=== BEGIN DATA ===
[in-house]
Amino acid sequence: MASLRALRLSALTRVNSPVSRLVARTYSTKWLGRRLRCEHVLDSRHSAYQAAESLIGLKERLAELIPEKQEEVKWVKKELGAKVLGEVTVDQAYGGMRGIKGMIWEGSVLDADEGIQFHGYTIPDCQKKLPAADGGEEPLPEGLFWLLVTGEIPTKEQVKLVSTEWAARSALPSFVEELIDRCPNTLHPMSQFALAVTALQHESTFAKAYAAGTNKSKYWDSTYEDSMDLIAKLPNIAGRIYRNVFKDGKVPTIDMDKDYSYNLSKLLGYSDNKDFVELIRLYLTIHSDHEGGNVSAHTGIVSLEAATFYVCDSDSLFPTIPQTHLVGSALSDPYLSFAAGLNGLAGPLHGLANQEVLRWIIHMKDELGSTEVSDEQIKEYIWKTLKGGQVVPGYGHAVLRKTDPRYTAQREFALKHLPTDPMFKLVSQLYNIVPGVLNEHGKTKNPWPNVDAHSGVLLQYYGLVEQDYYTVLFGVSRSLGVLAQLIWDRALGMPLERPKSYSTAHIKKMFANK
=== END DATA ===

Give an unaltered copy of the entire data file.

[in-house]
Amino acid sequence: MASLRALRLSALTRVNSPVSRLVARTYSTKWLGRRLRCEHVLDSRHSAYQAAESLIGLKERLAELIPEKQEEVKWVKKELGAKVLGEVTVDQAYGGMRGIKGMIWEGSVLDADEGIQFHGYTIPDCQKKLPAADGGEEPLPEGLFWLLVTGEIPTKEQVKLVSTEWAARSALPSFVEELIDRCPNTLHPMSQFALAVTALQHESTFAKAYAAGTNKSKYWDSTYEDSMDLIAKLPNIAGRIYRNVFKDGKVPTIDMDKDYSYNLSKLLGYSDNKDFVELIRLYLTIHSDHEGGNVSAHTGIVSLEAATFYVCDSDSLFPTIPQTHLVGSALSDPYLSFAAGLNGLAGPLHGLANQEVLRWIIHMKDELGSTEVSDEQIKEYIWKTLKGGQVVPGYGHAVLRKTDPRYTAQREFALKHLPTDPMFKLVSQLYNIVPGVLNEHGKTKNPWPNVDAHSGVLLQYYGLVEQDYYTVLFGVSRSLGVLAQLIWDRALGMPLERPKSYSTAHIKKMFANK